In determining how far into the future retirement spending is likely to occur, the St. Louis, Missouri-based firm notes that duration must take into account mortality assumptions. The new drafts of life expectancy rates and improvement scales (Figures 2 and 3) from the Society of Actuaries will soon become mandated standards for corporate pension funding ratio and lump-sum payout calculations, much to the displeasure of plan sponsors who will see liabilities rise. For example, a 65-year-old male, expected to live 84.6 years under the previous scales, now has a predicted lifespan of 86.6 years. The life expectancy of a typical woman of retirement age climbs from 86.4 to 88.8 years. NISA argues that the portfolio duration should be able to adjust accordingly to changes in longevity.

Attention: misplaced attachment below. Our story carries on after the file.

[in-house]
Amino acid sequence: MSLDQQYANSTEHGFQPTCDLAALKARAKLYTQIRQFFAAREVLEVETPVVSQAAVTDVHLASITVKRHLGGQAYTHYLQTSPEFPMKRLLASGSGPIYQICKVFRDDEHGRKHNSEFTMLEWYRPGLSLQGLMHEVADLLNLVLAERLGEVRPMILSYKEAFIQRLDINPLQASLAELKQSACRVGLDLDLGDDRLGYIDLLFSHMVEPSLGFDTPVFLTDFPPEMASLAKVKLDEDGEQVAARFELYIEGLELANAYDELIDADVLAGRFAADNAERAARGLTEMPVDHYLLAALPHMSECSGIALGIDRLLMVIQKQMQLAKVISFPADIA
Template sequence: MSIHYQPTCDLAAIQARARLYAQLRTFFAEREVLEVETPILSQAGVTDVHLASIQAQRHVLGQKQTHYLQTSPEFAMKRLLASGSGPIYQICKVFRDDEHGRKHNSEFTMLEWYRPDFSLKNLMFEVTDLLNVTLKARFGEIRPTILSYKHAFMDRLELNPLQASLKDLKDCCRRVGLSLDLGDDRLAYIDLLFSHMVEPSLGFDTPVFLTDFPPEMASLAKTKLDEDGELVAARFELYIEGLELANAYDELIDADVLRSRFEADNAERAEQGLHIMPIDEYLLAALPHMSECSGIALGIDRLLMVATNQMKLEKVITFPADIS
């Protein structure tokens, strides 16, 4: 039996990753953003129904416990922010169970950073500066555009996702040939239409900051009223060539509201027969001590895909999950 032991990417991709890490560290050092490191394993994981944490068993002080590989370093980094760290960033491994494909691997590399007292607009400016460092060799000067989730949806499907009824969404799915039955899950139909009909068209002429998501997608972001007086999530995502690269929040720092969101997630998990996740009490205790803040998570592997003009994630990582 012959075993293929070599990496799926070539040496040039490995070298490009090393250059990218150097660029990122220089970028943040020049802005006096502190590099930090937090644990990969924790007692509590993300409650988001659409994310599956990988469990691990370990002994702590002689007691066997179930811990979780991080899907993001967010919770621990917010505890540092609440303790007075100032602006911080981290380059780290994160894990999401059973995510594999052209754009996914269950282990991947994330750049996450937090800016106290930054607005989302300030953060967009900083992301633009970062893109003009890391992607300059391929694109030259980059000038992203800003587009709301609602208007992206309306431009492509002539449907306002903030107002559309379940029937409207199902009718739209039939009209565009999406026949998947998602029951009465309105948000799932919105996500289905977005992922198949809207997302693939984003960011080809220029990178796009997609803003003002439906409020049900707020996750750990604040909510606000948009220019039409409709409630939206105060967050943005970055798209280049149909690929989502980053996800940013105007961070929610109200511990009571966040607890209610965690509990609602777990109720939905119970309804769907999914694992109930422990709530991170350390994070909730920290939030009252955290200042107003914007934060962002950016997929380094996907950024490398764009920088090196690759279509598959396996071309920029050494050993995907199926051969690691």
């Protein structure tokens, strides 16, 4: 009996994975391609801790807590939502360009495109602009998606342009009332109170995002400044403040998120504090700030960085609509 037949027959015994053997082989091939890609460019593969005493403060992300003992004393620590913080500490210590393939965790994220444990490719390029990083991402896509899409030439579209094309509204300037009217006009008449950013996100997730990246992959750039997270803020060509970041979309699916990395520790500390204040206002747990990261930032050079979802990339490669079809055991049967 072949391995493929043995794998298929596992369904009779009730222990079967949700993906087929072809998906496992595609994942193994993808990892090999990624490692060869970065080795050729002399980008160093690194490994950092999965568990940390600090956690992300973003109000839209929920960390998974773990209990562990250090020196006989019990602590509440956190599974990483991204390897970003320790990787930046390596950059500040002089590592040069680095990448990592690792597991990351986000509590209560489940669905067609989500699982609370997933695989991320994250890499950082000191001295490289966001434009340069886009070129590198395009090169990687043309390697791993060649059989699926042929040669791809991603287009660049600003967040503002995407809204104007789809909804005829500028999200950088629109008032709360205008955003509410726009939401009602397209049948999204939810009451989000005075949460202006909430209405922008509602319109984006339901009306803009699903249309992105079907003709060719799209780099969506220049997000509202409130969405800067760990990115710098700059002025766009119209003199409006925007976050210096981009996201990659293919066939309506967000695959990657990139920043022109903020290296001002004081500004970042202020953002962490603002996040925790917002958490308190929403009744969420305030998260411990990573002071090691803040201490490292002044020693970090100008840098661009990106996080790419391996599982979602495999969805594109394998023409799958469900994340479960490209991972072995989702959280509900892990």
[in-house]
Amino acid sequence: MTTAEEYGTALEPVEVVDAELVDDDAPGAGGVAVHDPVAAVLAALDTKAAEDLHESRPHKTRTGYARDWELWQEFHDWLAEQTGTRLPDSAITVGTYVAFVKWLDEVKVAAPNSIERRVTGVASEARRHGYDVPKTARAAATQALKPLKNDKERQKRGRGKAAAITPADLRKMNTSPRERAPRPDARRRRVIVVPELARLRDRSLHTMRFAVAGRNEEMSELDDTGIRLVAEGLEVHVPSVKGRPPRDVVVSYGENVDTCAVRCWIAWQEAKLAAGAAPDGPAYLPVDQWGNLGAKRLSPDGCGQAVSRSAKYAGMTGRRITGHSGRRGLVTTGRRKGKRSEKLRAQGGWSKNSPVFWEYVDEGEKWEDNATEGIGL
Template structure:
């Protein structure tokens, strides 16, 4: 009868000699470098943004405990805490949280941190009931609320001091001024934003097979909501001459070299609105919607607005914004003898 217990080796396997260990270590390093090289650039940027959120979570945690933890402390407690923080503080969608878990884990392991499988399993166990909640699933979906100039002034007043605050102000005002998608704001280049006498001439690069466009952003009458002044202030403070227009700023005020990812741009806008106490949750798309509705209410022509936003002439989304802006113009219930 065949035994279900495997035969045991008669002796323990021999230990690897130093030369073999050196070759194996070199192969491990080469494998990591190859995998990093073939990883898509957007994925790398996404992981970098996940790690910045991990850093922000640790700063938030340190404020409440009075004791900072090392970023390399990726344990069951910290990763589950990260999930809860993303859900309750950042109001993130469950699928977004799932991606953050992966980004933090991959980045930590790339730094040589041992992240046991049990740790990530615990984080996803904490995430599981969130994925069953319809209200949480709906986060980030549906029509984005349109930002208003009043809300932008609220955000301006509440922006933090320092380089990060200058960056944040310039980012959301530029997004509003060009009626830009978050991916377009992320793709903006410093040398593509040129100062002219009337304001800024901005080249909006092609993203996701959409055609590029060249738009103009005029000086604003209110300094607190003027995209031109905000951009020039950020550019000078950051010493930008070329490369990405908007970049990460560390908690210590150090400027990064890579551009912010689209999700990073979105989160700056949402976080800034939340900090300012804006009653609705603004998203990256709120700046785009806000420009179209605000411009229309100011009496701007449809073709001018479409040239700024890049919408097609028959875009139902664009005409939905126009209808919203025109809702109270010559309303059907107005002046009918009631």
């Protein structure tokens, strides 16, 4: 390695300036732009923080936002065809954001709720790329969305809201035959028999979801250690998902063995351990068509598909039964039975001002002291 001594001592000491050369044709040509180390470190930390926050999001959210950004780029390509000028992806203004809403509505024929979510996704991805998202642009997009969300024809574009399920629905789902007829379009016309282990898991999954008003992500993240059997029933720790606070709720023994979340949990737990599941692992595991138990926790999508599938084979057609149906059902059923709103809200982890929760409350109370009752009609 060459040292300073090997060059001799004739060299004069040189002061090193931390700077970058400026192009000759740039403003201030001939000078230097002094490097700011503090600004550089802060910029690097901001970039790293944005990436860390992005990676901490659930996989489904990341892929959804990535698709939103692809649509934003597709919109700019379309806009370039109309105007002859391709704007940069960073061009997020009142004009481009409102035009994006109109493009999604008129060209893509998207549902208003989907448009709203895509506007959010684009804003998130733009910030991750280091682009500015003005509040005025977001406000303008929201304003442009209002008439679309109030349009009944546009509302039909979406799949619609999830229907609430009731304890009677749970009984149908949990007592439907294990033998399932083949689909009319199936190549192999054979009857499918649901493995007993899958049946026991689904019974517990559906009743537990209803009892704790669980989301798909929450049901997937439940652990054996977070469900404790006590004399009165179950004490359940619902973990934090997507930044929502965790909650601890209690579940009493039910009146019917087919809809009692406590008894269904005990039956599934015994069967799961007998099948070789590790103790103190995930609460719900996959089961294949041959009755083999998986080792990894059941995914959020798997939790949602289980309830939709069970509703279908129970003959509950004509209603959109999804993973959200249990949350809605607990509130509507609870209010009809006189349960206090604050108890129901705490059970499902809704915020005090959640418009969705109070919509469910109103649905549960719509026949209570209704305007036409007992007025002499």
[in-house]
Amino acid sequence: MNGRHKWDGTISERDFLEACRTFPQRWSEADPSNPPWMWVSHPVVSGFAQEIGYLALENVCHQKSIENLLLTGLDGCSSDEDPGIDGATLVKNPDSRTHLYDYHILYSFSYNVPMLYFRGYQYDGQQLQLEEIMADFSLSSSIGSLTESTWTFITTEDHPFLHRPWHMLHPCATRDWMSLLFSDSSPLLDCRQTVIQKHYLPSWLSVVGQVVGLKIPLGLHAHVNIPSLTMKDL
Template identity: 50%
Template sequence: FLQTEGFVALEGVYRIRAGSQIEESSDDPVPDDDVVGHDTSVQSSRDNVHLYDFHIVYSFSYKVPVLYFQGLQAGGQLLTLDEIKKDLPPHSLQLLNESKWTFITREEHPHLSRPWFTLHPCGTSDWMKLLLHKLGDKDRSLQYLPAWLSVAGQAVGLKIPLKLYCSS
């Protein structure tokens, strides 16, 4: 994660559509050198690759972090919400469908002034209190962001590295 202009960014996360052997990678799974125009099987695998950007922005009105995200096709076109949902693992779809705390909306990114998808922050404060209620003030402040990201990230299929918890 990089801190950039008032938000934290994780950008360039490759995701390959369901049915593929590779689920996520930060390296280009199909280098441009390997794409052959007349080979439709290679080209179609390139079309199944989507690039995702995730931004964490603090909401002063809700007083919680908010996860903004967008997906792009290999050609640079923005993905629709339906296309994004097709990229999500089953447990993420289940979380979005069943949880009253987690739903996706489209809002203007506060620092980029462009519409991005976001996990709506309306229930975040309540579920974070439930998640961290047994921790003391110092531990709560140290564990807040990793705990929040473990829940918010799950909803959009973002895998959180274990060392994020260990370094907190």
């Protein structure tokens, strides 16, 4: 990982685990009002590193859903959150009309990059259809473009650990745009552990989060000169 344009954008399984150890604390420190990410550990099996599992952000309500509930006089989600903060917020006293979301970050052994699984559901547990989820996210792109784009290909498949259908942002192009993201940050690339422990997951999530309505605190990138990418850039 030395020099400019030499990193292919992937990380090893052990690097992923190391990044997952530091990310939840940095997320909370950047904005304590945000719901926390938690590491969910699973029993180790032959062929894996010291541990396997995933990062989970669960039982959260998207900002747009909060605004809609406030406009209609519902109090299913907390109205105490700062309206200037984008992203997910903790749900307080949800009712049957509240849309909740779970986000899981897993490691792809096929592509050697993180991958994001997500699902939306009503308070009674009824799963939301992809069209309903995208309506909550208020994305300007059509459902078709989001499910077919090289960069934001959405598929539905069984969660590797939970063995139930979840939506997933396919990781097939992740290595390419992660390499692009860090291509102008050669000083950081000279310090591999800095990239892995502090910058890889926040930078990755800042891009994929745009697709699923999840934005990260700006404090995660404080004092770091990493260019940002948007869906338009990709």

CIO914 Chart - Male Annual Mortality 

 CIO914 Chart - Female Annual Mortality 

Climbing mortality improvement rates and the increased focus on decumulation of retirement assets may only add to the institutional challenges of understanding participants’ liabilities, longevity risk, and retirement income goals, Eichhorn says. While matching fixed-income duration to that of the liability does not hedge the risk of retirees outliving their retirement income, “by upping the duration in the portfolio, what the individual is de facto doing is hedging an annuity purchase,” he says. “Even if the individual never intends to buy an annuity, it means the retiree chooses to self-insure his or her own longevity, a strategy that allows [that person] to generate stable retirement income without bearing interest rate risk along the way.”

Rocaton’s Nankof agrees that this is an area where the spillover of LDI into DC plans gets interesting: “How retirement providers hedge annuity risks through investment strategies is very much akin to LDI strategies in pension plans. These are investment strategies for the long term that might have a glide path, but instead of providing retirement income for a group of individuals as a pension would, the focus is on one retirement income for one individual.”